Grooming the 2010 CIO

Demand for CIOs is up, but supply is not. A new report aims to establish best practices in pipelining contenders for leadership roles ahead with a focus on talent development, role rotations and metrics to ensure effectiveness.

Business forces may be driving up demand for CIOs, but few concomitant forces are driving up the current supply. In fact, a mounting shortage of qualified candidates for top IT positions has caused companies to increase their focus on pipelining contenders for leadership roles ahead.

A report released by the Society for Information Management Advanced Practices Council May 16 examined what companies should be doing right now to groom their next CIO and attempted to establish best practices.

By culling best philosophies and approaches from hundreds of companies, the report suggests that CIO development is laddered and persistent, emphasizes rotation and employs metrics to assess the programs effectiveness.

The 2010 CIO is expected to be more of a leader than a manager. Tasks that previously burdened IT leaders—such as managing IT projects and infrastructure—will be easier to delegate, allowing the CIO to resurface as a strategist, relationship architect and leader, highly visible to business and upper management.

"The thing we know is that CIOs have undergone a lot of flack in the last 10 years, but we need to look ahead. How can we evolve over the next five?" Ritu Agarwal, SIM APC researcher and professor and deans chair of information systems director in the Center for Health Information and Decision Systems at Robert H. Smith School of Business, told eWEEK.

The 2010 CIO is expected to engage with top management not just on technology-related decisions but strategy, marketing, production and financial decisions, with a more clearly demarked path from the CIO to the CEO position.

Supply-demand imbalance

Companies interviewed expressed concern that the pool of IT leadership in the profession may not be increasing at a rate that is consistent with the demand, which is driven by economic growth, large companies adding second and third CIOs, as well as an increased demand for individuals with CIO-like capabilities among IT service vendors, due to their own rapid growth.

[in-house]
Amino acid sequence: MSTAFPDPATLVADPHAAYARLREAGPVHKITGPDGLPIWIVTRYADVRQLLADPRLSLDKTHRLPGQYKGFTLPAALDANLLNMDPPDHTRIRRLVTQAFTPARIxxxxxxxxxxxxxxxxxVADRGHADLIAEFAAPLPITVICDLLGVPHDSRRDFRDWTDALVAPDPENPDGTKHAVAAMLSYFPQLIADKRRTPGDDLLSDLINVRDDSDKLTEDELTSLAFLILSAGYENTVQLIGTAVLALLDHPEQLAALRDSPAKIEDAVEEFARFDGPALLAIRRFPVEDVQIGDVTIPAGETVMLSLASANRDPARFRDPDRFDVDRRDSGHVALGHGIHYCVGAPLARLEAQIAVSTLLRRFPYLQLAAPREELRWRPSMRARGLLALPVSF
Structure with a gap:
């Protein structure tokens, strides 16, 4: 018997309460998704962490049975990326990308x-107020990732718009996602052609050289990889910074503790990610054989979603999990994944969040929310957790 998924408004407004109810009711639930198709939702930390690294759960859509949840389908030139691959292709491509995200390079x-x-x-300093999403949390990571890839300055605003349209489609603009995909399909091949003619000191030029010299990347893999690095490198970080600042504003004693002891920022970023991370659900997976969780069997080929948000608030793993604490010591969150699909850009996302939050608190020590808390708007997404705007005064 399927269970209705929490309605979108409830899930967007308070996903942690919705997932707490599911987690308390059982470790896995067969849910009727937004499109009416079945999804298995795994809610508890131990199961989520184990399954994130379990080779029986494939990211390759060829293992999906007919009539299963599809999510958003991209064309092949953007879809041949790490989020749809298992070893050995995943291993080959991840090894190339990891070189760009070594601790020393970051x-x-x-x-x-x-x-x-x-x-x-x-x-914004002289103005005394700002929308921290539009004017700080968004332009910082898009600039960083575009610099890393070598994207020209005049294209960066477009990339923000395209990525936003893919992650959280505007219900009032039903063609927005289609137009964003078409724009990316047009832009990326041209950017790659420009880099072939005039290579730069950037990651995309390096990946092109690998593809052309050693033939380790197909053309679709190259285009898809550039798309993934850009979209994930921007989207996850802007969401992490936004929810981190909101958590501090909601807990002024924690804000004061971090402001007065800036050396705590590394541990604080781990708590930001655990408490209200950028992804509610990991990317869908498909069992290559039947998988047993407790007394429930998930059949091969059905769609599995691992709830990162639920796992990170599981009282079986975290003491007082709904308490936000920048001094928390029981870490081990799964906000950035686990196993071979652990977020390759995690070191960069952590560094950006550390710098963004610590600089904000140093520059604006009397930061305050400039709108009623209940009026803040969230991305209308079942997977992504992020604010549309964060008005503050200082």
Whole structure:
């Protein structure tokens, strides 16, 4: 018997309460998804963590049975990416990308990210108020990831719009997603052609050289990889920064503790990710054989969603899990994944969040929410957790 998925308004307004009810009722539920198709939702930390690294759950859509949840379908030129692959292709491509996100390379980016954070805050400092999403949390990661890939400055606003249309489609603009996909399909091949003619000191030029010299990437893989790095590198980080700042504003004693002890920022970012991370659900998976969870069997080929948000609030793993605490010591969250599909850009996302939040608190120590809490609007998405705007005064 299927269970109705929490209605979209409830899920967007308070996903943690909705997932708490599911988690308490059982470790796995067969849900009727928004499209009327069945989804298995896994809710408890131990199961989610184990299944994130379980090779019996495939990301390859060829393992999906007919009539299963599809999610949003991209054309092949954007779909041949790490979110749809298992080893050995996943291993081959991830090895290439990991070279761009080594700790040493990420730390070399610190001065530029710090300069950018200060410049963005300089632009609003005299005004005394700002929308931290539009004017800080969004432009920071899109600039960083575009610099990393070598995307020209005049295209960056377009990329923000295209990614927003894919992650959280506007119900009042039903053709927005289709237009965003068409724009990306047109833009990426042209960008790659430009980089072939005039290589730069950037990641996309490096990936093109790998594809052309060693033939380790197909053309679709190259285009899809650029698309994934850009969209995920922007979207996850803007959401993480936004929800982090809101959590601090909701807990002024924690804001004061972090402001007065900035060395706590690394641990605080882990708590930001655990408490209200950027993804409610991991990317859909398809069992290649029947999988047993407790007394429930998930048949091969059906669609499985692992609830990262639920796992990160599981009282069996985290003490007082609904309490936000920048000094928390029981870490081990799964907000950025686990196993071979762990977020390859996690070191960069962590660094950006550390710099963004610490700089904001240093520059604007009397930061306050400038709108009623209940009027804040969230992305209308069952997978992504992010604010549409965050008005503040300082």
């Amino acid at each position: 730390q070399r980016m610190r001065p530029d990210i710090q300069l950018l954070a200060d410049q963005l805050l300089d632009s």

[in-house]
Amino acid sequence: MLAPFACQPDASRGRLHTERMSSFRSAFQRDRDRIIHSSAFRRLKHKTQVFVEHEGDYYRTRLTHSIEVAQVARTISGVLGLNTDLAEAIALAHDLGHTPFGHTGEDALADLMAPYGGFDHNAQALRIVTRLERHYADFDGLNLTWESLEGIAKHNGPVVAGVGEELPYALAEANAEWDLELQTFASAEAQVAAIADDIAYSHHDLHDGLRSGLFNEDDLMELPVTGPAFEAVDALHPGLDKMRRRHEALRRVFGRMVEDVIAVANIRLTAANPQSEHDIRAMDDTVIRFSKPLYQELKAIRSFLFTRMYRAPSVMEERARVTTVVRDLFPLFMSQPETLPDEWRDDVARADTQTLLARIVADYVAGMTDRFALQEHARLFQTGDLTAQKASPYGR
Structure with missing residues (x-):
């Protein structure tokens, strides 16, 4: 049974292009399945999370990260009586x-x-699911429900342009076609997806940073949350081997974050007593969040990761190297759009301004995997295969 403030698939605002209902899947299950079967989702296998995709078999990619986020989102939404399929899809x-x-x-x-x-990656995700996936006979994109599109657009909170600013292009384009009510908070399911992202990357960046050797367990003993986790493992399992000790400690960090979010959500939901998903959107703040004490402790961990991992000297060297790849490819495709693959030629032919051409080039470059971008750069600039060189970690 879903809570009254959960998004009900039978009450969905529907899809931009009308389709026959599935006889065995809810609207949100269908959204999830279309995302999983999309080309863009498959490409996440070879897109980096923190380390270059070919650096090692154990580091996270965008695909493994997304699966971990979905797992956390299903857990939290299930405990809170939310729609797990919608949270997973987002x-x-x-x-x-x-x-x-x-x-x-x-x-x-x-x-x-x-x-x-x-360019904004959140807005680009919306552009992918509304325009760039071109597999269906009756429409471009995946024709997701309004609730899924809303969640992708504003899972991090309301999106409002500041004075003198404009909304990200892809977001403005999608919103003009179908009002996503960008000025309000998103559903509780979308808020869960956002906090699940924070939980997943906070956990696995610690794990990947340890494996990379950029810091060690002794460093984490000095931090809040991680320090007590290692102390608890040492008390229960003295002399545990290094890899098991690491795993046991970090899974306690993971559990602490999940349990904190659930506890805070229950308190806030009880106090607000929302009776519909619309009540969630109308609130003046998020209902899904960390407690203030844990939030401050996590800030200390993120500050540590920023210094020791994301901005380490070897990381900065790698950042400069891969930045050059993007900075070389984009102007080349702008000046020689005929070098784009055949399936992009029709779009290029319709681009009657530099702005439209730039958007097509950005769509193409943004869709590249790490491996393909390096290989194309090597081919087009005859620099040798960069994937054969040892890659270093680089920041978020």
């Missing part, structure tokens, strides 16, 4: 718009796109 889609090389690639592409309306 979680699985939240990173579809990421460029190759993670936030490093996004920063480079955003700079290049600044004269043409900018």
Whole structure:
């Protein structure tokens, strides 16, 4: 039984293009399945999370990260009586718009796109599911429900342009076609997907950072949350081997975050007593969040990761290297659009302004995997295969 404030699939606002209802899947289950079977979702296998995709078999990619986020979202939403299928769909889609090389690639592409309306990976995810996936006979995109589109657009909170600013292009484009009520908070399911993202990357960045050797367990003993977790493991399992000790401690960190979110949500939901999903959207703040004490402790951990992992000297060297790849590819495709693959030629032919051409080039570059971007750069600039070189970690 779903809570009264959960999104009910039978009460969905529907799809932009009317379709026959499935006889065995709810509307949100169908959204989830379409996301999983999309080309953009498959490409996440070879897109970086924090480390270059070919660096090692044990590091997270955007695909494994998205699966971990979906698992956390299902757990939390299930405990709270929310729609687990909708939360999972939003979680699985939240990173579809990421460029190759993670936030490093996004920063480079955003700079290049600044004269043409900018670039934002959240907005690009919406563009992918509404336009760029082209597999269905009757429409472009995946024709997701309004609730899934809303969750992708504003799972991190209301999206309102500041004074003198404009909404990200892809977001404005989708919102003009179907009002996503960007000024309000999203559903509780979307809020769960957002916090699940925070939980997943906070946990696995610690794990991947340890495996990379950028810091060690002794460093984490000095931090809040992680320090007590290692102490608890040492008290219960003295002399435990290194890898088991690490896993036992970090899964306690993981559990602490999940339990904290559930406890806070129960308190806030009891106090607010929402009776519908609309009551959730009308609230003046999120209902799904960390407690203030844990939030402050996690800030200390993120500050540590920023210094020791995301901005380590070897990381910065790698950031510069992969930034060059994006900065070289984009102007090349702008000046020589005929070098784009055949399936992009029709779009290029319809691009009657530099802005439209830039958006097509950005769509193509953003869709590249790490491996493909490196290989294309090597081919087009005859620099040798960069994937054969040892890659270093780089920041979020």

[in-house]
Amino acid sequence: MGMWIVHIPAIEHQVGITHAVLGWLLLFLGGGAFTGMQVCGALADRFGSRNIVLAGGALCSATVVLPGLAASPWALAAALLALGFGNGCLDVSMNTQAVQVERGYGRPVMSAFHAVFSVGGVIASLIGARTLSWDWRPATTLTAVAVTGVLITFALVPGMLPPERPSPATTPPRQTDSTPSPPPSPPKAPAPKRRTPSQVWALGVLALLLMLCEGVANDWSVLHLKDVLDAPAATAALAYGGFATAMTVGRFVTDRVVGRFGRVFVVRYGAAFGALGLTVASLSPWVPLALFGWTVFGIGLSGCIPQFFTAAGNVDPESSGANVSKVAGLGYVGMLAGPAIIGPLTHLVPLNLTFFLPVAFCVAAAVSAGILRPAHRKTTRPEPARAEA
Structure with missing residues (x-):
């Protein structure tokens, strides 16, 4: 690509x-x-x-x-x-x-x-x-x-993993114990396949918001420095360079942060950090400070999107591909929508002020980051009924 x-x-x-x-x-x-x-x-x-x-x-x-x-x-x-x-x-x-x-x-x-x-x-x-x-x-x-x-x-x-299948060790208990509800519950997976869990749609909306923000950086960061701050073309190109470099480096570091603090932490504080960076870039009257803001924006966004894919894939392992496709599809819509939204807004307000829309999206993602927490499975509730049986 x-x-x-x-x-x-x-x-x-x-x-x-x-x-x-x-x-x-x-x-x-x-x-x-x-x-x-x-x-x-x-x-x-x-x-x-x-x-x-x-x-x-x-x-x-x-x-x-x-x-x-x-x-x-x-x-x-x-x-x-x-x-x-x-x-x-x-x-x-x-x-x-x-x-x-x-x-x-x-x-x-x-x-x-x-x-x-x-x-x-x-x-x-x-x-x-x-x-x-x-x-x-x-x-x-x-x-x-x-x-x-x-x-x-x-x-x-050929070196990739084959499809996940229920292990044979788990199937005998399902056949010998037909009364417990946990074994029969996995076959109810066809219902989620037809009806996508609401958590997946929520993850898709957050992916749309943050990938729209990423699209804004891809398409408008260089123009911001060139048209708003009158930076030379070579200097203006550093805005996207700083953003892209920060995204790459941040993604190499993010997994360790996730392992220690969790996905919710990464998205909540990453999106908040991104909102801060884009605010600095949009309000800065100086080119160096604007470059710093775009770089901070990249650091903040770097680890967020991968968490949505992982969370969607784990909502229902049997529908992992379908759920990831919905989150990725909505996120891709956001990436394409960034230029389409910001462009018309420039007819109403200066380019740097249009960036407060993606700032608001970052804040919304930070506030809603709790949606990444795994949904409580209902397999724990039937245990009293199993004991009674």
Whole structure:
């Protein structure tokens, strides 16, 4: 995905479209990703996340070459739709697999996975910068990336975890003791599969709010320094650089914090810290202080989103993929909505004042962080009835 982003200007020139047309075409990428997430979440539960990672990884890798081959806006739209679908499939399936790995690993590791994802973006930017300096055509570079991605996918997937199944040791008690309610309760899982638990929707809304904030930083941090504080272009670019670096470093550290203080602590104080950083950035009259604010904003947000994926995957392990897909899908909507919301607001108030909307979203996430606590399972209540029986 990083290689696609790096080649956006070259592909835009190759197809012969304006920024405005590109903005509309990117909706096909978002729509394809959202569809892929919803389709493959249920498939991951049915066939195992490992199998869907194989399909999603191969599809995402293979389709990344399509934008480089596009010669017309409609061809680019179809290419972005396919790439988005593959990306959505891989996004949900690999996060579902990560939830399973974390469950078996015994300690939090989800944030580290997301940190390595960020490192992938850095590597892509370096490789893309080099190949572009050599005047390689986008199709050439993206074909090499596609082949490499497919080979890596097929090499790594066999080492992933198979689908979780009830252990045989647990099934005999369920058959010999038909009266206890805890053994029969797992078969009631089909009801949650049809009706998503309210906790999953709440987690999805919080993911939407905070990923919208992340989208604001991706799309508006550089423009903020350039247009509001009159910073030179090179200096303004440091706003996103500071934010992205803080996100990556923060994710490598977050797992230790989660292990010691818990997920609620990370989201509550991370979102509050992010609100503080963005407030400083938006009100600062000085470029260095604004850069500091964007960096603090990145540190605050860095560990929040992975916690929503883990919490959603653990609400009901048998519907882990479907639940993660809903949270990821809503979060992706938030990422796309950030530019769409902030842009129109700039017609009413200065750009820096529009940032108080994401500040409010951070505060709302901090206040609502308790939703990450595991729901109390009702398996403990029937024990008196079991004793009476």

Yet a slowing investment in IT following the dot com bust as well as the impending baby boomer retirements create a situation where there is very little existing supply.

"Less than 50 percent of companies formally think about developing leadership talent in IT. They dont see immediate and tangible results in long-term development programs. They havent shored their spending back up since dotcom cutbacks," said Agarwal.

Suggestion 1: Laddered, persistent development

Research found that viewing leadership development as a journey that had to start early in an individuals career and then progressively reinforced through richer and complex experiences led to successful succession planning.

"Its not an unequivocal necessity to find your next CIO from within your companys ranks, but there are certain advantages. Each company needs to assess whether they will need that internal company knowledge to form a CIO. In general, its the best idea to start developing you leadership talent early," said Agarwal.

This laddered approach—in which individuals graduate from one program to the next as they move up their career ladders—provided employees with a foundation of business and leadership capabilities, as well as a basis for forming relationships across a company.

"A lot of companies pay lip service to succession planning but they end up only doing it for one or two key roles in the company. But overall, we found that it was ignored," said Agarwal.

Companies in the report recognized that there was no one-size-fits-all approach to executive development at senior levels and therefore the program for a CIO-in-grooming needed to be carefully crafted to the needs of the specific individual.

"You cant take someone who has been elsewhere and just plop them in a leadership role, and in three months, theyll be fully trained. Youll need many years of leadership development to get someone to the right place," said Agarwal.

Suggestion 2: Emphasis on rotation

Workplace role rotations—in which a peer apprentices another peer, switches jobs with a manager or takes on an additional area of responsibility—were seen as an excellent way of customizing development to address specific capability gaps. Rotations also gave the CIO candidate an opportunity to elevate or gain a truly enterprise perspective.

"The thinking of most managers is that people pick up leadership skills by just working at a firm for a while. But it rarely works that way unless there is a very open corporate environment," said Agarwal.

"Actually putting individuals in leadership roles—For this project, you will be the CIO. Youll see the project through and make a presentation to the executives.—is far more effective."

Suggestion 3: Monitoring through metrics

The report found that most companies did not evaluate their formal development programs but instead believed that satisfied participants were indication enough.

At one company investigated—HealthSvcs2—the success of their emerging leaders program was determined by how many individuals get promoted after completing the program. They also tracked how many outside organizations poached their talent, which they saw as a positive indication that they were grooming good leaders.


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